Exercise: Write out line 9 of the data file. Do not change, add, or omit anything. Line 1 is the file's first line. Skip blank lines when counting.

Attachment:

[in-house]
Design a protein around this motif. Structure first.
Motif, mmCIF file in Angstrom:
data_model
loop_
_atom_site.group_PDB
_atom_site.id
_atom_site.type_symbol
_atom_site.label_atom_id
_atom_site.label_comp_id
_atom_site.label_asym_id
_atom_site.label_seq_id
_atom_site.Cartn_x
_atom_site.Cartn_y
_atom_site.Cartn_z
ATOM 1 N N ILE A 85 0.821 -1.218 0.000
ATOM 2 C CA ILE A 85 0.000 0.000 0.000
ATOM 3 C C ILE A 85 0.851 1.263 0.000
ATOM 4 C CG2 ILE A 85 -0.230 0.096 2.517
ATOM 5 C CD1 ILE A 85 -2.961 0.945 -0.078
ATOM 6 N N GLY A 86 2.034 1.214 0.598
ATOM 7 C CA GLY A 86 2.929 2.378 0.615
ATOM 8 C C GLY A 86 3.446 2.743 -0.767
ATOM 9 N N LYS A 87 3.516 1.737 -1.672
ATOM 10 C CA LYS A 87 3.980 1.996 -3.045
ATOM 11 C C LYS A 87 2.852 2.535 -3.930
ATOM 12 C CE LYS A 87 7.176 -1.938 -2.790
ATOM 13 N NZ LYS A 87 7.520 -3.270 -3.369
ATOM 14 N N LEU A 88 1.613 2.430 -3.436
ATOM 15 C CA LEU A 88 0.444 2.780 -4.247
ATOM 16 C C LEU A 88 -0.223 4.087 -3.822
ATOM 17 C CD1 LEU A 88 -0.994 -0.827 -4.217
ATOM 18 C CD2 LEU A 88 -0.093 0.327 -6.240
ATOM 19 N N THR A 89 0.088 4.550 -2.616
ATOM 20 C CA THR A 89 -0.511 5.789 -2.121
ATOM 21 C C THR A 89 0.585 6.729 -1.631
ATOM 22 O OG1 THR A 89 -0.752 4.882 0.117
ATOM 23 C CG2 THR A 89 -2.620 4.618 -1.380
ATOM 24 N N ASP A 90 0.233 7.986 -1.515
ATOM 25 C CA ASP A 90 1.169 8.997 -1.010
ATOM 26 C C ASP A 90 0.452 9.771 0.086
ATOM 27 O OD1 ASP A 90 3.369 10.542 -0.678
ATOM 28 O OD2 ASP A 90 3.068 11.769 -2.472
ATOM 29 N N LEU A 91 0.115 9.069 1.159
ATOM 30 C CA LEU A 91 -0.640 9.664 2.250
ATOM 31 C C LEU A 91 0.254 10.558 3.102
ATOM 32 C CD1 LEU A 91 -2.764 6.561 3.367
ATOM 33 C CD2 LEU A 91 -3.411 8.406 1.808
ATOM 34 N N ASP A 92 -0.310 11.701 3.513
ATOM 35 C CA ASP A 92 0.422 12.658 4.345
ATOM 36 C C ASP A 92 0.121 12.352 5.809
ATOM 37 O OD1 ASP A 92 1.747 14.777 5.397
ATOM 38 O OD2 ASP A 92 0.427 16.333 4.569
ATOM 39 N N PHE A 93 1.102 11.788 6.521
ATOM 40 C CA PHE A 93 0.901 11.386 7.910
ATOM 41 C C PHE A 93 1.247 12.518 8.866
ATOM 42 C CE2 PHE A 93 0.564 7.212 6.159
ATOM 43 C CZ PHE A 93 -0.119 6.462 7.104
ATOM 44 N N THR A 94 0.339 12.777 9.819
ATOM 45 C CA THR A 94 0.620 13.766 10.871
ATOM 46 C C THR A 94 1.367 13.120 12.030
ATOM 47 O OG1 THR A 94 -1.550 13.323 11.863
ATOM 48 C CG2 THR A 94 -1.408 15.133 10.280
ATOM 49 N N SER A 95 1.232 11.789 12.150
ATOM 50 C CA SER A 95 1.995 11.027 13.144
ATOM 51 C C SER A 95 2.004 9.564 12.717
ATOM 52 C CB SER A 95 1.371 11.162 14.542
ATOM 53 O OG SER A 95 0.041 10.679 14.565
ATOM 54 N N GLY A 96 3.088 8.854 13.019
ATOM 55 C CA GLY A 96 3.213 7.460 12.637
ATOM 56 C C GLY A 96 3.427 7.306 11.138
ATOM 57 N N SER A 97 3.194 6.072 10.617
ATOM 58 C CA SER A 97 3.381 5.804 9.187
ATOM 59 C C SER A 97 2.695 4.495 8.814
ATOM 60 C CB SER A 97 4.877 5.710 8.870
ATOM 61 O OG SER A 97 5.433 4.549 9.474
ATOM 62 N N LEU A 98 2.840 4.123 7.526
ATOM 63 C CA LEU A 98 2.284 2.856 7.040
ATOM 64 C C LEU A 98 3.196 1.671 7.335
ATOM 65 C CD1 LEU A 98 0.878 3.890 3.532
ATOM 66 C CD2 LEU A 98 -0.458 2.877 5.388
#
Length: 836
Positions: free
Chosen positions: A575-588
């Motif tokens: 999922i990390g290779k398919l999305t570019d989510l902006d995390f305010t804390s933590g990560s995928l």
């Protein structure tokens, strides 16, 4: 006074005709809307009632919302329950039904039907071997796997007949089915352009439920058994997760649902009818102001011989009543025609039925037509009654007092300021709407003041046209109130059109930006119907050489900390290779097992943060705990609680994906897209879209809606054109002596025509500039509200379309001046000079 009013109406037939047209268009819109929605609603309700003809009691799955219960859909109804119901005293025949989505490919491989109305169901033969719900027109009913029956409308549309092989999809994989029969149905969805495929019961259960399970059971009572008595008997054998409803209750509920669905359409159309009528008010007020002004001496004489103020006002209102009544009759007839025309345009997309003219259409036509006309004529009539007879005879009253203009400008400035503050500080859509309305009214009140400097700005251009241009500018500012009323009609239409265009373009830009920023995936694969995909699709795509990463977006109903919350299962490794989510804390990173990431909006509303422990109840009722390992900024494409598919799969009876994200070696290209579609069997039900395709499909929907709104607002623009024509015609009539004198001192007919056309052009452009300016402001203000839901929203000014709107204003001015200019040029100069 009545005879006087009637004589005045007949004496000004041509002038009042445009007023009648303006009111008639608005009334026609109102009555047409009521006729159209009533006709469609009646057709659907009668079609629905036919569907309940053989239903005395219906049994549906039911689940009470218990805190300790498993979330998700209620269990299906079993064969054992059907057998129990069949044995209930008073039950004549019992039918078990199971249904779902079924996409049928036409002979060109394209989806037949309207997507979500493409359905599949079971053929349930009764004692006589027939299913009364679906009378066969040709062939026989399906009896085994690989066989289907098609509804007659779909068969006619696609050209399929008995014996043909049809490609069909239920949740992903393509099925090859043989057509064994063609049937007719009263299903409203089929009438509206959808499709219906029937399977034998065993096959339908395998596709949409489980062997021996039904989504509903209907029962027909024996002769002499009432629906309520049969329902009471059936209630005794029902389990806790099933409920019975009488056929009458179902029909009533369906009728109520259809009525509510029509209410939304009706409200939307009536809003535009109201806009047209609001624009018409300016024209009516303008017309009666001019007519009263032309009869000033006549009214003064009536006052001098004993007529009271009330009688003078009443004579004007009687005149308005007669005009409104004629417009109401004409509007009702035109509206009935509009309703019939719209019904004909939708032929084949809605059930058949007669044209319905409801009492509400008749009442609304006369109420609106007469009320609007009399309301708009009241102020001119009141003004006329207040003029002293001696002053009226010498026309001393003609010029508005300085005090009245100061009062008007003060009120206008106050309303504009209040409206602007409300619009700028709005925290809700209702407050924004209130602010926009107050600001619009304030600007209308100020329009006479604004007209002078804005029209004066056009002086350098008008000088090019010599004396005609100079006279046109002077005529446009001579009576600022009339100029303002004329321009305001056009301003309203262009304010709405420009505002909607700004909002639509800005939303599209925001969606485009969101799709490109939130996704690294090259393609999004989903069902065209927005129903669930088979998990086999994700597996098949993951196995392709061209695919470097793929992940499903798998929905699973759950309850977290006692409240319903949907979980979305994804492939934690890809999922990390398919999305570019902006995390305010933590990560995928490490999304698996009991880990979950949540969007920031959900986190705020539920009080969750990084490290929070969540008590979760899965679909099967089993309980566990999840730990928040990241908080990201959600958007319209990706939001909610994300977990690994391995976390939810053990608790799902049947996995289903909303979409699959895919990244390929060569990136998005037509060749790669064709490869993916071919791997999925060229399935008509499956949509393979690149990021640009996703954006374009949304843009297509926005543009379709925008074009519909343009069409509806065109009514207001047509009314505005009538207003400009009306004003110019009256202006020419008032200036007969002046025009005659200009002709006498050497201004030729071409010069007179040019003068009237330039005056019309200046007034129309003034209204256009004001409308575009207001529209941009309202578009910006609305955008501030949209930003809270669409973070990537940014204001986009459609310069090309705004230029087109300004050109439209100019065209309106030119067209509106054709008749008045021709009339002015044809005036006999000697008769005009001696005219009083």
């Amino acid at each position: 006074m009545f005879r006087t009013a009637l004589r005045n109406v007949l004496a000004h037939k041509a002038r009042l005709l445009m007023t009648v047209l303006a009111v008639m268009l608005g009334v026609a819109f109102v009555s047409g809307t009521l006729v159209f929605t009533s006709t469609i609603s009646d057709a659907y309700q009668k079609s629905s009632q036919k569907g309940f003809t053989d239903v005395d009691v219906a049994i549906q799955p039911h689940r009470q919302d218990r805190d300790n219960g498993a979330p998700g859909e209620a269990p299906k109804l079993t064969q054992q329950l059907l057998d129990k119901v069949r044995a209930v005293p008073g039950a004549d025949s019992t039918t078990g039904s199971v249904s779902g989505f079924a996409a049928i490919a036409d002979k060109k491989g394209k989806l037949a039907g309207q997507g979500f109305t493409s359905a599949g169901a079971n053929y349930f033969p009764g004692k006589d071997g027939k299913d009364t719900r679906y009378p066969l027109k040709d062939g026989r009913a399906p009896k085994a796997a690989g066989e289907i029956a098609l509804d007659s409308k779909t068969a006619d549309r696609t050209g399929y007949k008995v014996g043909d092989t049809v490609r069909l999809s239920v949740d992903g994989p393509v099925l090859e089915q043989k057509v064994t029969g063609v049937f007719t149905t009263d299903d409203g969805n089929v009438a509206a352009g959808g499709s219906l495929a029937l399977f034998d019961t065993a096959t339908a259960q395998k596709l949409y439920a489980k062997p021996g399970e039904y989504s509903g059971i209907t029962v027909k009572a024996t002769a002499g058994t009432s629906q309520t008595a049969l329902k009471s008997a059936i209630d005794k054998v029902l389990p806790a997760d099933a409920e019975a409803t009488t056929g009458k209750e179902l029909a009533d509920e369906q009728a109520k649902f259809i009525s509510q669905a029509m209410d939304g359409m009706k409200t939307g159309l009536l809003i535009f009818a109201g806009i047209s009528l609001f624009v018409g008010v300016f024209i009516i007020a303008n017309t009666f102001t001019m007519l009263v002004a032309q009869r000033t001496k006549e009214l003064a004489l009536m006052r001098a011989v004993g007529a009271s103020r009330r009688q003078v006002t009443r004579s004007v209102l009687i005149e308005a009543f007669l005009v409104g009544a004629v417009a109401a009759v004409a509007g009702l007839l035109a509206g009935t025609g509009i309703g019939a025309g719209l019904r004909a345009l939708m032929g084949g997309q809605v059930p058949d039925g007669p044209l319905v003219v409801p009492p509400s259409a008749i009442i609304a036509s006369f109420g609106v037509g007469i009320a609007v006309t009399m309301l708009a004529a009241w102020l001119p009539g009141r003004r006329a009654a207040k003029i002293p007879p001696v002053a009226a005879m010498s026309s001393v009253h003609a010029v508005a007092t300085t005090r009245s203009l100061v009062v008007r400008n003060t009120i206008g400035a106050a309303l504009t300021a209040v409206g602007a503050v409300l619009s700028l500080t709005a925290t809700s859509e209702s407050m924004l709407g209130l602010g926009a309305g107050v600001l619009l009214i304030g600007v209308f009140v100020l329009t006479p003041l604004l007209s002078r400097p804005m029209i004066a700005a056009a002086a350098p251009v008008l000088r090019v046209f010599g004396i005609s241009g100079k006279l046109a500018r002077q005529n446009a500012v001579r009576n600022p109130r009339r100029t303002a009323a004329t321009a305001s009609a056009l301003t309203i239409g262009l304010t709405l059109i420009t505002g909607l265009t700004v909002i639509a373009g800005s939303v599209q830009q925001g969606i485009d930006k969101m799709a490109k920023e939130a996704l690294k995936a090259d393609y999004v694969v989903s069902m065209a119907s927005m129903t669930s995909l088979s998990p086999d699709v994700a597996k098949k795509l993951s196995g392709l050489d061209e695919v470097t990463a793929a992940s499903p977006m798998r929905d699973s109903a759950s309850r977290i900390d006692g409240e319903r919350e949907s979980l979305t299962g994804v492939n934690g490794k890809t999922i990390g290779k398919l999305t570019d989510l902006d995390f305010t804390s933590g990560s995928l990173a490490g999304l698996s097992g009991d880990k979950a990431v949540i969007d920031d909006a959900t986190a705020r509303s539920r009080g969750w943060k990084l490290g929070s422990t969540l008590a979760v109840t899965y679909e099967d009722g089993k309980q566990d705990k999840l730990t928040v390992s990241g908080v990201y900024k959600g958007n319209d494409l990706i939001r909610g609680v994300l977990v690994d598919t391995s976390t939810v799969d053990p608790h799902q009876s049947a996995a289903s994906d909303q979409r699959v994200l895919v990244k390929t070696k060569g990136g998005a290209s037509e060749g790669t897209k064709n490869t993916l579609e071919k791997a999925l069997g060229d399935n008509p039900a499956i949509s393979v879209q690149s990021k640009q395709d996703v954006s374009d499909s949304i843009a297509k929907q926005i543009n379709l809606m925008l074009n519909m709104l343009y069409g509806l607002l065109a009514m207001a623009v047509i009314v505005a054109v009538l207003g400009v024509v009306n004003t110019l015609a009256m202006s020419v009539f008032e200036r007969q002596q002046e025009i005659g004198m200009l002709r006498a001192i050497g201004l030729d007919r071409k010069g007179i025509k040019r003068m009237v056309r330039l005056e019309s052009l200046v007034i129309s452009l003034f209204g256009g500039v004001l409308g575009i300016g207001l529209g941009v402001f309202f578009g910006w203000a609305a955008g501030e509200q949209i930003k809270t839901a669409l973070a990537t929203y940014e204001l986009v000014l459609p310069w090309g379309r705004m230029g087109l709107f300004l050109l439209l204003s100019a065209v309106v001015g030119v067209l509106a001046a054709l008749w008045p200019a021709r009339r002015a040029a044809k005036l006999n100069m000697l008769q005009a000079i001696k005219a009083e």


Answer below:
_atom_site.label_atom_id